SINGAPORE (BLOOMBERG) - Singapore buyout firm Novo Tellus Capital Partners is considering setting up a special purpose acquisition company (Spac) to list in the city-state as regulators prepare to authorise the vehicles in the local market, sources said.
The technology and industrials-focused private equity firm has had preliminary discussions with banks, said the sources, who asked not to be identified as the process is private. The company is awaiting official exchange guidelines before making a final decision, the sources said.
Novo Tellus would join Vertex Holdings, a unit of Temasek, in seeking to be among the first to launch a blank-cheque company in the city-state, Bloomberg News reported this week. A Spac-driven surge in listings would benefit Singapore's exchange, which has seen just three initial public offerings (IPOs) this year, raising US$242 million (S$326 million) in total, according to data compiled by Bloomberg.
Deliberations are ongoing and the firm may decide not to proceed with the vehicle, the sources said. A representative for Novo Tellus declined to comment.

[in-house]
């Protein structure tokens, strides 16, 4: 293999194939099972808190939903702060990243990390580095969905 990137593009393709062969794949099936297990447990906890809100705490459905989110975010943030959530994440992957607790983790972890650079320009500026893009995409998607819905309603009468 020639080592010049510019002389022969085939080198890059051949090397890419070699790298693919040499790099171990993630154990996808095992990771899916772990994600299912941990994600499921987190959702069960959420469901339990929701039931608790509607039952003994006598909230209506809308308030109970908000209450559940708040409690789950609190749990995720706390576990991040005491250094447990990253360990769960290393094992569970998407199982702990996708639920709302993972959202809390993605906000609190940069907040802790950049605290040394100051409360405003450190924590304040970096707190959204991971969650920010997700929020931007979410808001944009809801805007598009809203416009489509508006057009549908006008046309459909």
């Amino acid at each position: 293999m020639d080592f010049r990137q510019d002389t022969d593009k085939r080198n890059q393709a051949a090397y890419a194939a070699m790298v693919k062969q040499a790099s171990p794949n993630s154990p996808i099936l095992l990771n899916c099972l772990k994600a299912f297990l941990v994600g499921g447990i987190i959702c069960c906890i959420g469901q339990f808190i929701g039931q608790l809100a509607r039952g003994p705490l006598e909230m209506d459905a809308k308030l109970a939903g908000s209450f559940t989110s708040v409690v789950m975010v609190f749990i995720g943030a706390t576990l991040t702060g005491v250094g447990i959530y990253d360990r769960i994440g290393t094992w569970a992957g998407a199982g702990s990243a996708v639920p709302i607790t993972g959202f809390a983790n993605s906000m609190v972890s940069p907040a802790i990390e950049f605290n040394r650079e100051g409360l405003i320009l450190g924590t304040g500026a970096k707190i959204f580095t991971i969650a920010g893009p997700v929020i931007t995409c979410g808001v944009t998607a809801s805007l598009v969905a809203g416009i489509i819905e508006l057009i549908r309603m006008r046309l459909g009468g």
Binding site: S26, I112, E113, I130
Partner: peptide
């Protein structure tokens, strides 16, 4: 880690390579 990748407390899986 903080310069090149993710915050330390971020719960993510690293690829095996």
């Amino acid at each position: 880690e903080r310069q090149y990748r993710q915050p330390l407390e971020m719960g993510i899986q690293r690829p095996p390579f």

The Singapore Exchange consulted the market on a framework for Spac listings earlier this year. Regulators proposed requirements including a minimum $300 million market capitalisation threshold for listing a blank-cheque company.
The consultation took place amid a frenzy for Spacs in the United States that helped drive first-half global IPO volumes to an all-time record. While about US$118 billion has been raised through blank-cheque firm listings globally so far this year, the trend may be losing steam. Spacs accounted for about 13 per cent of IPO volumes in the second quarter, compared with nearly half the amount raised in the first three months, data compiled by Bloomberg show.
Novo Tellus raised US$250 million for its second South-east Asia fund in December, according to its website. The firm's portfolio includes stakes in Tessolve Semiconductor, an Indian semiconductor engineering services firm, and Procurri Corp, a Singaporean provider of equipment and services to data centres.